The two books I focus on this week are written in the spirit of The Danger of a Single Story. In the 19-minute Ted Talk, rated as one of the 25 most popular of all time, Nigerian author Chimamanda Ngozi Adichie cautions about the folly of building a worldview on the basis of a single narrative. Prior to joining Youth With A Mission (YWAM) in 2000, I had a worldview that was steeped in a cultural interpretation of scripture. For example, I believed that one cannot be a follower of Jesus while consuming alcoholic beverages. Then in 2001, I had a culture shock when my western missionary friends, whose spirituality I deeply respected, invited me to join them for dinner at a local restaurant in Benin, West Africa – and casually proceeded to order a glass of beer. Yikes!! Somehow, I managed to remain calm externally, but kept wondering, “what on earth …?” This began a journey of re-examining the scripture and realizing, for example, that when Jesus turned water into wine, we are not told that the wine was non-alcoholic as I and many Nigerian friends I knew somehow believed. My mono-cultural perspective of this and other subjects in scripture and life were dangerous. Until now, I still approach that subject with great caution when talking with some friends.
Written by more than 20 contributors representing several countries and regions, Global Leadership Perspectives represents an excellent example of pursuing scholarly objectivity by promoting under-represented voices. Reading chapter 16, Scandinavian Leadership and the (E)Quality Imperative, made me wonder how much the Protestant Work Ethic may have influenced culture change and leadership in Scandinavia. It is no secret that the Vikings wielded great influence in this region, making it quite unsafe. But today it is considered “among the wealthiest, happiest and most peaceful parts of the world”, with a population that is “gentle, informal … relaxed … modest … focusing on consensus, humbleness and a ‘team stronger than the individual’ attitude.” In my visits to Norway and (their cousins) The Faroe Islands, I remember coming away with the impression that this is clearly the most peaceful place on earth I have ever been to. The people are so welcoming and even the hills, water bodies and nature seem so peaceful. So, what lead to the shift from Viking battles to remarkable peace? According to missionary stateman Loren Cunningham, Hans Nielsen Hauge was a catalyst in the transformation of 19th century Norway. To address the high incidence of illiteracy and poverty in Norway, Cunningham points out that Hauge wrote some 33 books and distributed more than 200,000 of these when the country had a population of only 800,000. This way he pioneered a literacy movement that may be the foundation of the position Norway enjoys as a country with one of the highest literacy rates in the world. Additionally, Hauge recruited and mobilized lay preachers nationwide; distributed the Bible from village to village; taught citizens to engage in business using Biblical principles; and directed believers to “vocational opportunities in towns where they could make a difference.” Hauge was a visionary leader who sacrificed his life for Norway’s transformation. The egalitarian nature of Scandinavian culture and leadership teaches us the Biblical ideals of simplicity; regard for the image of God in every human (Imago Dei); and Shalom.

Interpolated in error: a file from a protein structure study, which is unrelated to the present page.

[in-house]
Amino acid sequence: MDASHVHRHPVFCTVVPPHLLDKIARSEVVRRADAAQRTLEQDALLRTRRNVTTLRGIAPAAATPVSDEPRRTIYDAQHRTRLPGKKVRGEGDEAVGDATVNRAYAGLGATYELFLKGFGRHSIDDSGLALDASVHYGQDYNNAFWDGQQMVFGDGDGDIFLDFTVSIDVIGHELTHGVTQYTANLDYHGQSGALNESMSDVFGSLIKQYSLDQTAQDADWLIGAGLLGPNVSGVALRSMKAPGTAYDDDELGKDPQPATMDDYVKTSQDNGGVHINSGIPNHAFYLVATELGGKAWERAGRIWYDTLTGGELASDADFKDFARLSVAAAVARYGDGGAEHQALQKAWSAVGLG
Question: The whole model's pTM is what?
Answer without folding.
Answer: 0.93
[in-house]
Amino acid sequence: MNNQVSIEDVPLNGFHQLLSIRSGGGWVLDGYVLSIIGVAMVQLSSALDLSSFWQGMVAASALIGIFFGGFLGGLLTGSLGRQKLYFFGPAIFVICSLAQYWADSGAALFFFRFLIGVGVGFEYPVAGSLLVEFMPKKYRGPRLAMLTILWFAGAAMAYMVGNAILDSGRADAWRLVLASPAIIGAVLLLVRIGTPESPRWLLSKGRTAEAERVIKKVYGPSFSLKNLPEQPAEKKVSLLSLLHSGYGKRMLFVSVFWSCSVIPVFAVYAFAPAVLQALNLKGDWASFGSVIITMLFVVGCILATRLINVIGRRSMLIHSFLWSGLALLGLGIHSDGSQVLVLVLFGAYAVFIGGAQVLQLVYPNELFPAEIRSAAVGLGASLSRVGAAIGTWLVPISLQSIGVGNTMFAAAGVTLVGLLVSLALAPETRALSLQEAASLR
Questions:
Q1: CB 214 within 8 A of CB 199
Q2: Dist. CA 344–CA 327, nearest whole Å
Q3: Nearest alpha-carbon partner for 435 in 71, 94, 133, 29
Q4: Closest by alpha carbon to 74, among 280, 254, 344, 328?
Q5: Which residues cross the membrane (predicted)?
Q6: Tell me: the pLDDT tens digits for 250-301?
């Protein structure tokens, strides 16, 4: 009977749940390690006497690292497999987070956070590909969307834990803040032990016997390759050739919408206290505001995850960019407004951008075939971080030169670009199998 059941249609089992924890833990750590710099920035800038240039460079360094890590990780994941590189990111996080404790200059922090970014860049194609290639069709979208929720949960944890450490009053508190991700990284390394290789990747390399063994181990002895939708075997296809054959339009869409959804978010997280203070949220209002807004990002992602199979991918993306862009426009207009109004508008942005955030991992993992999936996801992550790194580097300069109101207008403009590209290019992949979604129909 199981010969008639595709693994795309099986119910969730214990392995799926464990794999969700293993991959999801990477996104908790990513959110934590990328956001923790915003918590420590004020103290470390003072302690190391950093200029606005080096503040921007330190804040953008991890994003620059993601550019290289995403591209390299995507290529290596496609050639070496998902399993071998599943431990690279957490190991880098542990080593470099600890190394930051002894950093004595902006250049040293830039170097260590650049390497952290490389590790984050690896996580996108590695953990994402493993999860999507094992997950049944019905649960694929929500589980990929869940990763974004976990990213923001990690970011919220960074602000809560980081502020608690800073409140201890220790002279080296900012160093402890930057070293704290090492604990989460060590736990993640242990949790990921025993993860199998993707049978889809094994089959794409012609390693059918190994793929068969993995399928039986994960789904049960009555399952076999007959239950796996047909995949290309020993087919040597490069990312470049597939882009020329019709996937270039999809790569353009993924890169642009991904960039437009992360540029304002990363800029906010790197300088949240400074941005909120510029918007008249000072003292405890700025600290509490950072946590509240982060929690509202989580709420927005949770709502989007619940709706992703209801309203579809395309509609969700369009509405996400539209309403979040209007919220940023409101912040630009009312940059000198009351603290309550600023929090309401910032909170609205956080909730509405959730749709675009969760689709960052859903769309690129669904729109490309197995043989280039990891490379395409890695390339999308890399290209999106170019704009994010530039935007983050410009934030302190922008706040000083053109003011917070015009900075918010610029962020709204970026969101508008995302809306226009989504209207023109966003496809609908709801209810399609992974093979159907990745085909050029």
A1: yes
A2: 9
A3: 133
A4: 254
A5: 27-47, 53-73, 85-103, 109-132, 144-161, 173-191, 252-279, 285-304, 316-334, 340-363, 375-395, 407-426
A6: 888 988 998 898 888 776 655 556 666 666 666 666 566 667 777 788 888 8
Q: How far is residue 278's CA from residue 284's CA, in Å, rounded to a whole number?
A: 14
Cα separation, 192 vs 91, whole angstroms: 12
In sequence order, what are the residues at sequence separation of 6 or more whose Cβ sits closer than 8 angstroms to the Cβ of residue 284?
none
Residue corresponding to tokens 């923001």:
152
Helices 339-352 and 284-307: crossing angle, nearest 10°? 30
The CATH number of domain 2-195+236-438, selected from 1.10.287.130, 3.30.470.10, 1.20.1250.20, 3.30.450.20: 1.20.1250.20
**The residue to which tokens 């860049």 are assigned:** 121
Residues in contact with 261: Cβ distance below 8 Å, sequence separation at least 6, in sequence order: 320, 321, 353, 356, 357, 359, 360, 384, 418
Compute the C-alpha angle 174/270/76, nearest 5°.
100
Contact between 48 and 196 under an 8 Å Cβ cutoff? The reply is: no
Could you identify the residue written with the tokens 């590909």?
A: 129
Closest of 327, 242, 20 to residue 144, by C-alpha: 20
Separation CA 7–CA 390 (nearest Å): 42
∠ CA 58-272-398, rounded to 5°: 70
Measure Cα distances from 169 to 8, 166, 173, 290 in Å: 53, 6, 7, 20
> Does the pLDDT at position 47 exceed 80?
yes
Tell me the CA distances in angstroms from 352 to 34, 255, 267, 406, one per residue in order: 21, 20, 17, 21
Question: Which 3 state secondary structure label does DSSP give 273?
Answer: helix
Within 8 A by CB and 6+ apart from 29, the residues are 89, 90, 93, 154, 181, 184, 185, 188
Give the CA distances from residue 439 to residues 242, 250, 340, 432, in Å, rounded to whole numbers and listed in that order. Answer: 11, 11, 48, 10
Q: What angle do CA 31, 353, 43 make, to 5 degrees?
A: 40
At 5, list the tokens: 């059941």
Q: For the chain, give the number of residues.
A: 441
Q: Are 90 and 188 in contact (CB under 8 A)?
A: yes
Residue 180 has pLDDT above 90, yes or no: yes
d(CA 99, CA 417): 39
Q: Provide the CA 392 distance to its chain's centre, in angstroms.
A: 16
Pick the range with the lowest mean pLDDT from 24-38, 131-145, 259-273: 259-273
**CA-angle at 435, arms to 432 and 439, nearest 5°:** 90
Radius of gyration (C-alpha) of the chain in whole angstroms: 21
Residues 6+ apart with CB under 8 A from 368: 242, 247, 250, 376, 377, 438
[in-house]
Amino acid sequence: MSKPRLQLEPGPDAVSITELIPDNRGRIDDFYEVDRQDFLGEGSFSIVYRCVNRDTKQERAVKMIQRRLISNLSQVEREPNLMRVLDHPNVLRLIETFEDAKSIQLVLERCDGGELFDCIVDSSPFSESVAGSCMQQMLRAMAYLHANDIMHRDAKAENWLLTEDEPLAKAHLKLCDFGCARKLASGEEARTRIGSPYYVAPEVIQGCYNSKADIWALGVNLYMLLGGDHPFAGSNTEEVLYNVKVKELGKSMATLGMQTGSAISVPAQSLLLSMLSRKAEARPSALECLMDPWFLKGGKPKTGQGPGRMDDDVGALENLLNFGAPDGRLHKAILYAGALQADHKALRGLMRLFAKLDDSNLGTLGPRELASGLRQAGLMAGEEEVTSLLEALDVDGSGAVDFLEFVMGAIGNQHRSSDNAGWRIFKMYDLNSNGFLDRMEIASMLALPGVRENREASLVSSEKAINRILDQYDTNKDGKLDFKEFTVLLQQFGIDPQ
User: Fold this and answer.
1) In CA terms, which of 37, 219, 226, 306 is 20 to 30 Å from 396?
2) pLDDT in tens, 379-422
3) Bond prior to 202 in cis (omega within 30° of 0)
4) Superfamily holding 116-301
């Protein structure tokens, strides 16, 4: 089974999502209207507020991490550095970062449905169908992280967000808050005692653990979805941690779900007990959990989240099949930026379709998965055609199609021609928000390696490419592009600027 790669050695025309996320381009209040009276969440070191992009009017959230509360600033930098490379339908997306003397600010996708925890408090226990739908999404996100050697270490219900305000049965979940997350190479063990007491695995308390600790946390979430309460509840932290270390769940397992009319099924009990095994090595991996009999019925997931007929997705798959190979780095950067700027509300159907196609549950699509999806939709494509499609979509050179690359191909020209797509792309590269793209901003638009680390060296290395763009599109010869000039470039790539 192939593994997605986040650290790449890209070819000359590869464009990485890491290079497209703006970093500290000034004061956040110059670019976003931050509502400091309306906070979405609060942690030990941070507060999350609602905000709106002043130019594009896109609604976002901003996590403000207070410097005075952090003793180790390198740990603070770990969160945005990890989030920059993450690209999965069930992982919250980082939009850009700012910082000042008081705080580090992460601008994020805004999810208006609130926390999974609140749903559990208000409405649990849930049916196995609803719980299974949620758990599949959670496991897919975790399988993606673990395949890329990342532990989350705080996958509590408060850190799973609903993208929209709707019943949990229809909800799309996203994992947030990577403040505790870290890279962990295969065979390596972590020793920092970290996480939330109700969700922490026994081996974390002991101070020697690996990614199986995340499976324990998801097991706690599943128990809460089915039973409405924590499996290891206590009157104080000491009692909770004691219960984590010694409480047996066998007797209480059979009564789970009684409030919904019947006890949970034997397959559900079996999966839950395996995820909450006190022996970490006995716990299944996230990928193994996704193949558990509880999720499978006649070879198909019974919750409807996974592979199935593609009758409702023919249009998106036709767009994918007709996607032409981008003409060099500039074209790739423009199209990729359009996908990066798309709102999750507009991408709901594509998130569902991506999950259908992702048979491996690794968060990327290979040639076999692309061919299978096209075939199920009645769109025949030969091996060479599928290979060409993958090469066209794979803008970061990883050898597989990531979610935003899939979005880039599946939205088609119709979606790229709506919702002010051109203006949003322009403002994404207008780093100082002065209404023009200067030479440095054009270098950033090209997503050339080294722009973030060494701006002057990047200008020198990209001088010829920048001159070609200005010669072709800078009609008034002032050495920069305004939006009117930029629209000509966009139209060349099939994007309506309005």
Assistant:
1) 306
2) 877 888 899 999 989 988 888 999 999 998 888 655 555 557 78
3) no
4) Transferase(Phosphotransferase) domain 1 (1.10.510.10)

I greatly admire the generally hierarchical slant within African culture but also wish my fellow-Africans would be a bit more egalitarian, with accountable ministry, political and business leaders who show greater appreciation for the image of God within the people they lead.
The Letter from Birmingham Jail calls upon followers of Jesus to be enlightened and courageous about social issues and, ultimately, cry in the wilderness on behalf of people living in the margins. Written by Martin Luther King, Jr, it is a powerful reminder that, as illustrated by the life of the Apostle Paul, imprisonment and adverse circumstances cannot hinder a compelling vision. It is diplomatic, prophetic, and ultimately “challenges us and what we believe about our own nation and its mythology of perfection and the halting, often grudging way we went about redressing that primal flaw of slavery and all the forms of racism that succeeded it.”
In the first quarter of 2020, just before the Covid lockdown, I joined a group of several concerned citizens on a peaceful protest against the impending roll-out of the comprehensive sex education program of South Africa’s Department of Basic Education. We were disturbed by the potential for over-sexualizing the younger generation in a context that is already wrestling with a high incidence of rape, gender-based violence, and other related challenges. It was a privilege to campaign for a just cause. But as a husband and father, I also wondered what might happen to my family if we were arrested. As I reflect on this today, I am more convinced that argument without action (non-violent action) is not sufficient. In His campaign for the reign of God, Jesus addressed large crowds and exemplified non-violent action by ultimately dying for His cause. Following the models of Jesus and King, I look forward to being continually led by the Spirit in knowing what a bold campaign for social justice might look like in my context.
 Johan Grant and Yngve Magnus Ulsred, Global Leadership Perspectives, 138.
 Ibid, 138-139
 Cunningham, 69
 Ibid, 68
 Ibid, 68
 Martin Luther King Jr, The Letter from Birmingham, 12